The first Mexican satellite facilities are built in the state of Hidalgo.
Mexico becomes a subscriber of the Intelsat system.
The Communications and Transports Secretary (SCT) hires Hughes to build the Mexican satellite system "Morelos" (two HS-376 geostationary satellites).
Morelos I is launched from Cape Canaveral in June aboard the 51-G manned mission of NASA. The satellite successfully reaches the 113° West orbital position, with national coverage.
Construction of Iztapalapa Control Center, located in Mexico City.
Morelos II is launched from Cape Canaveral in November aboard the shuttle Atlantis (OV-104), on NASA's manned mission 61-B, in which the first Mexican astronaut participated. The satellite occupied the orbital position of 116.8° West, with national coverage.
Telecomm (Telecomunicaciones de México) is created as a decentralized body and becomes the Morelos Satellite System Operator.
Telecomm hires Hughes for the construction of the Solidaridad Satellites, two HS-601 geostationary satellites with tri-axial stabilization. These were designed to provide C-band services in Mexico, the southern United States and the rest of Latin America, with Ku-band services in Mexico and the United States.
Launch of Solidaridad I aboard an Ariane 4 from Kourou, French Guiana. The satellite successfully reaches its orbital position of 109.2° West.
Launch of Solidaridad II aboard an Ariane 4 from Kourou, French Guiana. The satellite successfully reaches its orbital position at 113° West.
The Satellite Control Center in Hermosillo opens in May.
Beginning of the privatization process of the Fixed Satellite Services sector of Telecomm (later SATMEX).
Hughes is asked to build the Morelos 3 (later SATMEX 5, today EUTELSAT 115 West A) with C and Ku-band coverage throughout the Americas.
The Fixed Satellite Services section of Telecomm is registered under Mexican law on June 26 and constituted as the Satélites Mexicanos, S.A. de C.V. (SATMEX). The company is owned by the Mexican State.
After performing a public tenure, the alliance integrated by Principia and Loral Space & Communications acquires 75% of SATMEX. The Mexican government owns 25% with non-voting capabilities in the council. SATMEX attracts an investment of U.S. $ 645 million to Mexico.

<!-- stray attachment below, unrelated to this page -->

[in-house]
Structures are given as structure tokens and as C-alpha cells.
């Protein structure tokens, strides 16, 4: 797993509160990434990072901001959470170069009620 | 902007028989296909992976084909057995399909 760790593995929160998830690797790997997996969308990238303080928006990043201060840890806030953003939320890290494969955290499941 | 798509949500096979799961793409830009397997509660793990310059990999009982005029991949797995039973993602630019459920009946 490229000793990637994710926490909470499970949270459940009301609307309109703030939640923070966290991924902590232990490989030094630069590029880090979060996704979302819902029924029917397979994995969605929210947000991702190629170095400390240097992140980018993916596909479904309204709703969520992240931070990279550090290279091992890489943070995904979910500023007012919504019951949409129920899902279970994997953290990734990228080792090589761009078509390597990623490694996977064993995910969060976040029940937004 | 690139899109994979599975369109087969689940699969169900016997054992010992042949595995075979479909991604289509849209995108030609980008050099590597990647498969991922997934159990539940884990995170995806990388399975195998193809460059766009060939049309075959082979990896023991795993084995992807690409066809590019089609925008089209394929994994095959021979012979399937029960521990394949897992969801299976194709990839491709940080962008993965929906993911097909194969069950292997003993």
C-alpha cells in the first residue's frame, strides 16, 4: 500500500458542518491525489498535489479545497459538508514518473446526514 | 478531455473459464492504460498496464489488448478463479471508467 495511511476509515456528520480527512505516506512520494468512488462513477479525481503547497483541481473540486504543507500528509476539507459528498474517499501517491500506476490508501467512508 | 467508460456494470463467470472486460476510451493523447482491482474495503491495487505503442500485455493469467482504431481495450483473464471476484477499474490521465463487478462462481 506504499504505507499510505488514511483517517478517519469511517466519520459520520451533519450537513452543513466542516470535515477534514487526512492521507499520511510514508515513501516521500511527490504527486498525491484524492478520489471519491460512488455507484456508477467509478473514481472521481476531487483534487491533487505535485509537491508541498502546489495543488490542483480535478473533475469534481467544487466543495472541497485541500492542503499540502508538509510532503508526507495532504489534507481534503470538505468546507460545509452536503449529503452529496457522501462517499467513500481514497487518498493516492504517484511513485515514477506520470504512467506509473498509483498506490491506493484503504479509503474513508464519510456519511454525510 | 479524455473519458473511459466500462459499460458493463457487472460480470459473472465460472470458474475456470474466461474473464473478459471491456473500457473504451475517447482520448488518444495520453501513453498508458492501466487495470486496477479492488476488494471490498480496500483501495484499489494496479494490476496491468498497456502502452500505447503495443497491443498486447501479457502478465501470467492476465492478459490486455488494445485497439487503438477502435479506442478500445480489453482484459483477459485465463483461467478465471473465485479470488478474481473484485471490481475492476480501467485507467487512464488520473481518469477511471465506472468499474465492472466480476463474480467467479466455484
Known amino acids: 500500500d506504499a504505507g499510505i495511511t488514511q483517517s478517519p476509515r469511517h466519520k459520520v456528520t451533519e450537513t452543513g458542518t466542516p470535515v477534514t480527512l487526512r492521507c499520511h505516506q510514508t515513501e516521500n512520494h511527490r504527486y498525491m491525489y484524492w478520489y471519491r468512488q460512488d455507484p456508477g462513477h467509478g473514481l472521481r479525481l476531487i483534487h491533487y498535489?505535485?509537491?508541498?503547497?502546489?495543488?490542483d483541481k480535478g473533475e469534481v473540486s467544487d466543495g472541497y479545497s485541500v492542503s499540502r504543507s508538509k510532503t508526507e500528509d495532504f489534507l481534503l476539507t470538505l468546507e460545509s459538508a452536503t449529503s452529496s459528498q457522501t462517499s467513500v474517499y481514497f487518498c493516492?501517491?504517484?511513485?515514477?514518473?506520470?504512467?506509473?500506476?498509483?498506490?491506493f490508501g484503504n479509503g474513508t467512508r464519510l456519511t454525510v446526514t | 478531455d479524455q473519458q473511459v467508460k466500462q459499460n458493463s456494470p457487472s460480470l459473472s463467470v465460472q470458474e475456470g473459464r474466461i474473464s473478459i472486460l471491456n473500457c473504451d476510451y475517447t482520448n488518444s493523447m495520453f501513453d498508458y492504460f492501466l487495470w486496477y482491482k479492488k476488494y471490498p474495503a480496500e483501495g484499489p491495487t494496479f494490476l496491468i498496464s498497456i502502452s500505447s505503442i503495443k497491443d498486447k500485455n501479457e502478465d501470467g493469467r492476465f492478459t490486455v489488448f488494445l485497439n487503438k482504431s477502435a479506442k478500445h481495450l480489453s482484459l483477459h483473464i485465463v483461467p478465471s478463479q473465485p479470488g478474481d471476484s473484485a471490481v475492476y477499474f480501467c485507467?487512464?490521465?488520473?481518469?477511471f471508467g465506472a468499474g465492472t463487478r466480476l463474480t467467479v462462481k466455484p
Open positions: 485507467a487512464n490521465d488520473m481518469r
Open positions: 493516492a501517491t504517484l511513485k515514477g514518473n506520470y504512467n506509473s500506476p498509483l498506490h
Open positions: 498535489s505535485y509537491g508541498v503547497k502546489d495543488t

SATMEX 5 (now EUTELSAT 115 West A) is launched into space aboard an Ariane 4L launch vehicle departing from Kourou, French Guiana.
This is the first satellite over the Americas with continental coverage on C and Ku bands.
SATMEX is certified with ISO 9001:2000 in Engineering and Satellite Operations including the Traffic and Customer Support Departments.
This certification accounts for our two control centers, engineering and satellite operations, access and satellite monitoring and customer support.
Alterna'TV is established. Its objective is to distribute Latin American programming in household pay TV systems throughout the United States.
SATMEX offers programming packages that broadcast several Latin American signals.
SATMEX 6 (today EUTELSAT 113 West A) is launched to position 113° West. Solidaridad 2 is migrated to position 114.9º West.
Change in the company’s management and the start of a new stage in SATMEX.
The first Strategic Plan is developed, with a business plan focused on strategic customers.
The construction of SATMEX 8 (now EUTELSAT 117 West A) begins, the satellite to replace SATMEX 5 (now EUTELSAT 115 West A).
The agreement to build SATMEX 7 (now EUTELSAT 115 West B) is signed with Boeing, and a contract is signed with Space X for the launch of the new satellite.
Launch of SATMEX 8 (now EUTELSAT 117 West A).
On January2nd, 2014, SATMEX becomes part of the Eutelsat Group. The company adopts the Eutelsat brand and is renamed Eutelsat Americas.
Launch of EUTELSAT 115 West B.
Launch of EUTELSAT 65 West A and EUTELSAT 117 West B.
Since November 2017, Eutelsat Americas has been certified in ISO 9001:2015 in:
- Engineering and Satellite Operations including the two Control and Satellite Communications Centers
- Customer care.